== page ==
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Posted at: May 16, 2018, 12:39 AM; last updated: May 16, 2018, 12:39 AM (IST)

My child, my perfect teacher

My child, my perfect teacher

Seerat Kaur Gill

My daughter is my teacher. She, by being just herself, teaches me lessons precious, which I wouldn't have had the opportunity to learn otherwise, within the confines of a conventional classroom. 

 I recently bought a bright polka dotted frock for her, the kind she had been wanting, ever since she saw Belle wearing it on the pages of her favourite story book, Beauty and The Beast. I found something similar online and ordered it for her. She was beyond thrilled when the package arrived. I watched her unbox her prized frock with twinkling eyes, followed by high-pitched endless chatter which meant that the gift had certainly lived up to its hype! It took a copious amount of convincing, threatening and cajoling to make her keep it in the wardrobe, and equal amounts of 'pinky promises' to make her wear it over the weekend. The D-day arrived. My little one lay the frock on the bed, with matching accessories and sandals. She bathed and dressed up. She wouldn't stop twirling around in her new frock, whilst catching a quick glance of her bedecked self in the mirror!

 Some relatives were visiting, and one of them casually remarked that she could've worn "something prettier, better fitting" since we were all going out for a meal. The brazen, careless remark pinched the mother in me, who had painstakingly dressed up the apple of her eye. However, I saw my little one's face, who in all innocence continued to twirl and play in her new finery. It mattered little to her about who thought what; she was happy and nobody could ruin her happiness. And look at me, beating myself over something so minor! Look at the largesse or maturity of the five year old.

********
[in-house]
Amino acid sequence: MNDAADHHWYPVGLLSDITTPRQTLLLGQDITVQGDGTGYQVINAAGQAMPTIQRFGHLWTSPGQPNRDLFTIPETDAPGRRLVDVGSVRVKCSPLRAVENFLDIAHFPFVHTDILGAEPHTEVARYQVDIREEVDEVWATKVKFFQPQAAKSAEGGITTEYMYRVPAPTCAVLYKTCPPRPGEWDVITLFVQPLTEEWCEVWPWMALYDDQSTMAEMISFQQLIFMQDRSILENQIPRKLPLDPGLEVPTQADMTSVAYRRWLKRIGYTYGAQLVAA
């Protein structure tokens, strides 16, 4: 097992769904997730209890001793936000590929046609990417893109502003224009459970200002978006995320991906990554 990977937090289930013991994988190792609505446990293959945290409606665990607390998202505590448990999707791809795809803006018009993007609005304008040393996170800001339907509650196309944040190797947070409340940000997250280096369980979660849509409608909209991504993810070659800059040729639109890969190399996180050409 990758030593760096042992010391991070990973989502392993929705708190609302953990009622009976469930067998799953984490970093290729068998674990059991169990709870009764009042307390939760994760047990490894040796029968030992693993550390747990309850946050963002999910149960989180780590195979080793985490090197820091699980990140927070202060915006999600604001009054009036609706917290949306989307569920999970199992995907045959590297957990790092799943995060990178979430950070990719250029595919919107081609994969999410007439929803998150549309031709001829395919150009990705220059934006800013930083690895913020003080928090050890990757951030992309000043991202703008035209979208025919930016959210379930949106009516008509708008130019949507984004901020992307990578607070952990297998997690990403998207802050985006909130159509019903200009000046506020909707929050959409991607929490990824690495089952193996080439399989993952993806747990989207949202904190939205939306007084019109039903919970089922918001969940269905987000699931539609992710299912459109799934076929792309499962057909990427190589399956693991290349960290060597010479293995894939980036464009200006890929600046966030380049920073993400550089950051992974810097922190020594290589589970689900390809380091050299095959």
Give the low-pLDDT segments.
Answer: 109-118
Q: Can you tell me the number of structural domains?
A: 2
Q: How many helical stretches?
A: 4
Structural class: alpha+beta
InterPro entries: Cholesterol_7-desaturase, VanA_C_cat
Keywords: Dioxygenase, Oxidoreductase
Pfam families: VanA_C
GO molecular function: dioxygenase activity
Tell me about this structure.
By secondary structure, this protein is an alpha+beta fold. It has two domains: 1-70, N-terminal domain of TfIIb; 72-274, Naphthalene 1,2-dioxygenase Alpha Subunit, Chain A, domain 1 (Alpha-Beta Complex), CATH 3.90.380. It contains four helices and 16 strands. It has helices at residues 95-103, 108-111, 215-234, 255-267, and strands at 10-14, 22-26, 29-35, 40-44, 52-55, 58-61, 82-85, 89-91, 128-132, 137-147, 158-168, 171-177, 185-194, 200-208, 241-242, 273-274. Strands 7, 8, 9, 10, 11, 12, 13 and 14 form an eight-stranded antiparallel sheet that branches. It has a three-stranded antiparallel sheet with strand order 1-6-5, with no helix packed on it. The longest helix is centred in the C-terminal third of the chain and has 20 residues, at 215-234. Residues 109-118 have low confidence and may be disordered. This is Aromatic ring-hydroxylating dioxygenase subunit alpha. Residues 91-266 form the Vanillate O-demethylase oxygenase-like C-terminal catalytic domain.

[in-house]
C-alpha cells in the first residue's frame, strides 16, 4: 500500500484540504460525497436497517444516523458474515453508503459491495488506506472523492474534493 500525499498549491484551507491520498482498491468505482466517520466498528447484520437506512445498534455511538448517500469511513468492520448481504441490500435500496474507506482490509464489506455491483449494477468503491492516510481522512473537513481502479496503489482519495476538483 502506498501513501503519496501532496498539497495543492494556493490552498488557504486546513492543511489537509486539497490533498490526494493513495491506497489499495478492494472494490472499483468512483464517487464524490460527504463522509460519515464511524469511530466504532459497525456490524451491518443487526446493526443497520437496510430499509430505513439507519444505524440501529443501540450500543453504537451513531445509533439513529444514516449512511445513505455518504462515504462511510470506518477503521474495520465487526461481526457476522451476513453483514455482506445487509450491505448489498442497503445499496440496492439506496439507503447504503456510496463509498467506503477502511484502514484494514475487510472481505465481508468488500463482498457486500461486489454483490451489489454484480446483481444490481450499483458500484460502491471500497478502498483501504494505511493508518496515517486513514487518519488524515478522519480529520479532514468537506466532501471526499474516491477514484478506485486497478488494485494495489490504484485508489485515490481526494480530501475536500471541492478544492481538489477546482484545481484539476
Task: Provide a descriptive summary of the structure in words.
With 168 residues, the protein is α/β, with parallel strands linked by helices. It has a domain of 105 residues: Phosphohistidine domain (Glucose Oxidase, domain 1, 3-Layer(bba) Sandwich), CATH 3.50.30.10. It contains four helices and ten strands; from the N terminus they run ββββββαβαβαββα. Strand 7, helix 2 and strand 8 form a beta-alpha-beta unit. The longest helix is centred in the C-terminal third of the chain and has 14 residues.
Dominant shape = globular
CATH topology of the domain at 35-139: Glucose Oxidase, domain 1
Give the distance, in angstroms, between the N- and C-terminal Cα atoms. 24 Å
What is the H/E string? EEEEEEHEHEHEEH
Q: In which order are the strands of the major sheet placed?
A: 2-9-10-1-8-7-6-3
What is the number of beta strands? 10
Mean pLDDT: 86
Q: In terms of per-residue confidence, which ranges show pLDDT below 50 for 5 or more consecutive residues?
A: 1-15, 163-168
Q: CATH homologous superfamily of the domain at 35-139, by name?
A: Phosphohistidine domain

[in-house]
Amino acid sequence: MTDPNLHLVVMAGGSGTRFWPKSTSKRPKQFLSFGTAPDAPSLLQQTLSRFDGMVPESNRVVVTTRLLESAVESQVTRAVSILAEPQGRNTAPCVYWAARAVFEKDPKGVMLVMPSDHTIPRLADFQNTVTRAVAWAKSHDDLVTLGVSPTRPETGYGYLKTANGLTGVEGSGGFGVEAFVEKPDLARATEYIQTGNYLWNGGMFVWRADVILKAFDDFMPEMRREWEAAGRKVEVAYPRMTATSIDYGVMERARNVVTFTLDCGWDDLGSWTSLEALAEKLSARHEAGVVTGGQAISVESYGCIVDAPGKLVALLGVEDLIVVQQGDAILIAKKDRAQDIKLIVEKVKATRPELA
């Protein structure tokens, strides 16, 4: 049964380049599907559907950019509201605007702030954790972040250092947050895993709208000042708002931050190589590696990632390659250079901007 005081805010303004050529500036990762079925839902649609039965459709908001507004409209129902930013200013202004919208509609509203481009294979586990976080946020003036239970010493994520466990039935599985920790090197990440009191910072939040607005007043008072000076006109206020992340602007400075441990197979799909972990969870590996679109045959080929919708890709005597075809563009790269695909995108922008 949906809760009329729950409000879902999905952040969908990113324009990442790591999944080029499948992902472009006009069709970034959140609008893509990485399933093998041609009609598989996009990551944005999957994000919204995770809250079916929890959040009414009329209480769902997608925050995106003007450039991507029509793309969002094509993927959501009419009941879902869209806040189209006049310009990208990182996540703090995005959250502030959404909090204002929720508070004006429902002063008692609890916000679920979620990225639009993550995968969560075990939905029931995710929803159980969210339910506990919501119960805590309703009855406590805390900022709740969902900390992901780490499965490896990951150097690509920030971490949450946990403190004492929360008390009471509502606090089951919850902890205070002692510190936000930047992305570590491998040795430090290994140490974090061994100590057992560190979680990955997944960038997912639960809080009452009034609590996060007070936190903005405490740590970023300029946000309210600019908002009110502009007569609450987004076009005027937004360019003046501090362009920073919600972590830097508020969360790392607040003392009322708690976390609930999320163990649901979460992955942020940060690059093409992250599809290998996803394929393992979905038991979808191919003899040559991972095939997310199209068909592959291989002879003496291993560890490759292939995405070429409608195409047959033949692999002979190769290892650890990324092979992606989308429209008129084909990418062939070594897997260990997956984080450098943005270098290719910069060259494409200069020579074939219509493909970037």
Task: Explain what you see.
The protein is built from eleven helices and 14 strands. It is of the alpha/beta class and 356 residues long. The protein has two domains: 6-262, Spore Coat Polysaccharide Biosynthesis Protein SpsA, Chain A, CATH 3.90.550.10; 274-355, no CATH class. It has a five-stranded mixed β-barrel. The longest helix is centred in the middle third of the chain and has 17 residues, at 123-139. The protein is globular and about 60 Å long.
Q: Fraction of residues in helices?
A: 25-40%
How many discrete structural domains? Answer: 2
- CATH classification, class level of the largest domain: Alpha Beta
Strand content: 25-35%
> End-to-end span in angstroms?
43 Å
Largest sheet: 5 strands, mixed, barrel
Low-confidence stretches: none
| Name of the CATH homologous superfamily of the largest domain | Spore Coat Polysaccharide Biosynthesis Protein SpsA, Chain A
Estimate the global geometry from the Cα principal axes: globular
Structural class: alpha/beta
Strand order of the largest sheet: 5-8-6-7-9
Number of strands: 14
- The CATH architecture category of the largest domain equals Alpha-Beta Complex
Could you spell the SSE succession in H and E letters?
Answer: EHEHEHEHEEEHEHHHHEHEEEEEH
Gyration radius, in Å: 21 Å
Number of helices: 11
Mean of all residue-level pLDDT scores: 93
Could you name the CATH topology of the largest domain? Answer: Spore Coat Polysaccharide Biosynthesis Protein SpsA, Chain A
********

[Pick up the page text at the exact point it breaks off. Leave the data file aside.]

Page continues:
There, I had my first lesson in courteous disengagement. When either party practice it, relationships have a higher chance of remaining cordial, feelings have a lower chance of getting damaged, the twirling and prancing around remains bonus! 

The second realisation I had from this incident was, about how seriously we adults tend to take ourselves, how easily we take offence, and unknowingly how much importance we begin to attach to our whims and fancies. We end up holding onto grudges longer than life! We adults, who choose to think of ourselves as rational, serious people; who choose to run helter skelter doing serious business; who believe in having serious conversations revolving traditions and politics; who are adeptly unable to laugh at ourselves; who are conditioned to become serious to a fault; have unfortunately become immune to imagination. That is the reason why people with imagination are viewed 'differently'. 

"The misfits, the rebels, the troublemakers, the round pegs in square holes, the ones who see things differently, ... the ones who are crazy enough to think they can change the world and are the ones that do...", famously said by Rob Siltanen are actually the kids who refused to grow up! How beautifully they let their imagination and creativity flow, without shackling them in masquerades of 'seriousness' or 'growing up'. They didn't take offence, remained disengaged from the unnecessary, and look where prancing and twirling about got them? 

Every once a while, when life gets a tad too serious, pause and look at the children in your life. They indeed make for wonderful, wonderful teachers.


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